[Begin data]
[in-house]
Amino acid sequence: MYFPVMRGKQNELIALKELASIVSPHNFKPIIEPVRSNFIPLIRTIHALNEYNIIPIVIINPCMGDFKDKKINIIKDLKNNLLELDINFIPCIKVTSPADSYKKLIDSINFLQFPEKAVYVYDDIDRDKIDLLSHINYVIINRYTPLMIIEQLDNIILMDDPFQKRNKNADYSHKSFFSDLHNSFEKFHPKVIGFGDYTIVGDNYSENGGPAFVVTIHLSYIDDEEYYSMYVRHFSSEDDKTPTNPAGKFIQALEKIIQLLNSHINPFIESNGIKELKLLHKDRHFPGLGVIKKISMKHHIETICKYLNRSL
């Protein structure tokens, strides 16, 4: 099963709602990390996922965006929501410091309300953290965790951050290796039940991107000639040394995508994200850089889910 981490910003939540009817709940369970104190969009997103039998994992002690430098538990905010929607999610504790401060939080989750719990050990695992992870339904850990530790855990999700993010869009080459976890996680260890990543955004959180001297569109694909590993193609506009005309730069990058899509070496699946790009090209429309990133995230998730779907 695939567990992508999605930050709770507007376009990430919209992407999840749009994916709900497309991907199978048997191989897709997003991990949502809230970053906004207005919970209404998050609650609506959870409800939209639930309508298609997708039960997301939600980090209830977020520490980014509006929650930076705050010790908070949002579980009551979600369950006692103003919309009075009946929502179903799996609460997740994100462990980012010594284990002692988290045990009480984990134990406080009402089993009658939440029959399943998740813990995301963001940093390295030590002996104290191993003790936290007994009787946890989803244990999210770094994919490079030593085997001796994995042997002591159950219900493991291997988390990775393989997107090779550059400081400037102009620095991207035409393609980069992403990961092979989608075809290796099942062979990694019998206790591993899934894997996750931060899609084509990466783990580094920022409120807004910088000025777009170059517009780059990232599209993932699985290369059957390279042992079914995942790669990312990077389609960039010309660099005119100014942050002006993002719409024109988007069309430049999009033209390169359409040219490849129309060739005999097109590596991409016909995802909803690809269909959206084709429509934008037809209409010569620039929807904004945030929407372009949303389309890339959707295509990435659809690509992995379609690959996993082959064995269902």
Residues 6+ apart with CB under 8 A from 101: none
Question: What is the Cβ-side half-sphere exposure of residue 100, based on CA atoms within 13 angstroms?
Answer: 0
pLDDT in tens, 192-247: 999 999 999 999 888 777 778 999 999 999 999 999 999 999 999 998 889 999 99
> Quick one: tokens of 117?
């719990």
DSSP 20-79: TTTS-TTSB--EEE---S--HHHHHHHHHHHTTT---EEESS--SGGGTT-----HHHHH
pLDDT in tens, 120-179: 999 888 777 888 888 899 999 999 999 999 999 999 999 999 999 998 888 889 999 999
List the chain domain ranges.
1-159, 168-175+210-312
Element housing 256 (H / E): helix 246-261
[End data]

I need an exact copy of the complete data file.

[in-house]
Amino acid sequence: MYFPVMRGKQNELIALKELASIVSPHNFKPIIEPVRSNFIPLIRTIHALNEYNIIPIVIINPCMGDFKDKKINIIKDLKNNLLELDINFIPCIKVTSPADSYKKLIDSINFLQFPEKAVYVYDDIDRDKIDLLSHINYVIINRYTPLMIIEQLDNIILMDDPFQKRNKNADYSHKSFFSDLHNSFEKFHPKVIGFGDYTIVGDNYSENGGPAFVVTIHLSYIDDEEYYSMYVRHFSSEDDKTPTNPAGKFIQALEKIIQLLNSHINPFIESNGIKELKLLHKDRHFPGLGVIKKISMKHHIETICKYLNRSL
């Protein structure tokens, strides 16, 4: 099963709602990390996922965006929501410091309300953290965790951050290796039940991107000639040394995508994200850089889910 981490910003939540009817709940369970104190969009997103039998994992002690430098538990905010929607999610504790401060939080989750719990050990695992992870339904850990530790855990999700993010869009080459976890996680260890990543955004959180001297569109694909590993193609506009005309730069990058899509070496699946790009090209429309990133995230998730779907 695939567990992508999605930050709770507007376009990430919209992407999840749009994916709900497309991907199978048997191989897709997003991990949502809230970053906004207005919970209404998050609650609506959870409800939209639930309508298609997708039960997301939600980090209830977020520490980014509006929650930076705050010790908070949002579980009551979600369950006692103003919309009075009946929502179903799996609460997740994100462990980012010594284990002692988290045990009480984990134990406080009402089993009658939440029959399943998740813990995301963001940093390295030590002996104290191993003790936290007994009787946890989803244990999210770094994919490079030593085997001796994995042997002591159950219900493991291997988390990775393989997107090779550059400081400037102009620095991207035409393609980069992403990961092979989608075809290796099942062979990694019998206790591993899934894997996750931060899609084509990466783990580094920022409120807004910088000025777009170059517009780059990232599209993932699985290369059957390279042992079914995942790669990312990077389609960039010309660099005119100014942050002006993002719409024109988007069309430049999009033209390169359409040219490849129309060739005999097109590596991409016909995802909803690809269909959206084709429509934008037809209409010569620039929807904004945030929407372009949303389309890339959707295509990435659809690509992995379609690959996993082959064995269902």
Residues 6+ apart with CB under 8 A from 101: none
Question: What is the Cβ-side half-sphere exposure of residue 100, based on CA atoms within 13 angstroms?
Answer: 0
pLDDT in tens, 192-247: 999 999 999 999 888 777 778 999 999 999 999 999 999 999 999 998 889 999 99
> Quick one: tokens of 117?
């719990």
DSSP 20-79: TTTS-TTSB--EEE---S--HHHHHHHHHHHTTT---EEESS--SGGGTT-----HHHHH
pLDDT in tens, 120-179: 999 888 777 888 888 899 999 999 999 999 999 999 999 999 999 998 888 889 999 999
List the chain domain ranges.
1-159, 168-175+210-312
Element housing 256 (H / E): helix 246-261